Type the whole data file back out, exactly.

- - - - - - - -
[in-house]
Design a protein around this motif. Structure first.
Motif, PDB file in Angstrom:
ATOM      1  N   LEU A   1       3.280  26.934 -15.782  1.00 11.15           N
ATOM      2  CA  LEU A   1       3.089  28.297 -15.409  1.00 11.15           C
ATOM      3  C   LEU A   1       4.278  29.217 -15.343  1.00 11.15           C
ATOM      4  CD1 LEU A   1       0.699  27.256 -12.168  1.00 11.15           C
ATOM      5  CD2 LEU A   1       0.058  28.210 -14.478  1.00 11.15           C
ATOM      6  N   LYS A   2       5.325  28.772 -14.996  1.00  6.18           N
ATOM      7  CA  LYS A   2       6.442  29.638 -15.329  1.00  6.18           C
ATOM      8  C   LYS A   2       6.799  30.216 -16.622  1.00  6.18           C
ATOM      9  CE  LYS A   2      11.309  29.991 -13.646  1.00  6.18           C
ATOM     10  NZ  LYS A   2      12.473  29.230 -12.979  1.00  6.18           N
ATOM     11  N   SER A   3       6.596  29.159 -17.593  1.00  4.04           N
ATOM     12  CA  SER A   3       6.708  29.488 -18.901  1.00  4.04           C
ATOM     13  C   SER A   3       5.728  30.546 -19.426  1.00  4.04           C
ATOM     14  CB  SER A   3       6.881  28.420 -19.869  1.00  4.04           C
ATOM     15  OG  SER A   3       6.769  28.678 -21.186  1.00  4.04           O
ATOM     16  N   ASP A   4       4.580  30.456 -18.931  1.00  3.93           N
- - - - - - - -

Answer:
[in-house]
Design a protein around this motif. Structure first.
Motif, PDB file in Angstrom:
ATOM      1  N   LEU A   1       3.280  26.934 -15.782  1.00 11.15           N
ATOM      2  CA  LEU A   1       3.089  28.297 -15.409  1.00 11.15           C
ATOM      3  C   LEU A   1       4.278  29.217 -15.343  1.00 11.15           C
ATOM      4  CD1 LEU A   1       0.699  27.256 -12.168  1.00 11.15           C
ATOM      5  CD2 LEU A   1       0.058  28.210 -14.478  1.00 11.15           C
ATOM      6  N   LYS A   2       5.325  28.772 -14.996  1.00  6.18           N
ATOM      7  CA  LYS A   2       6.442  29.638 -15.329  1.00  6.18           C
ATOM      8  C   LYS A   2       6.799  30.216 -16.622  1.00  6.18           C
ATOM      9  CE  LYS A   2      11.309  29.991 -13.646  1.00  6.18           C
ATOM     10  NZ  LYS A   2      12.473  29.230 -12.979  1.00  6.18           N
ATOM     11  N   SER A   3       6.596  29.159 -17.593  1.00  4.04           N
ATOM     12  CA  SER A   3       6.708  29.488 -18.901  1.00  4.04           C
ATOM     13  C   SER A   3       5.728  30.546 -19.426  1.00  4.04           C
ATOM     14  CB  SER A   3       6.881  28.420 -19.869  1.00  4.04           C
ATOM     15  OG  SER A   3       6.769  28.678 -21.186  1.00  4.04           O
ATOM     16  N   ASP A   4       4.580  30.456 -18.931  1.00  3.93           N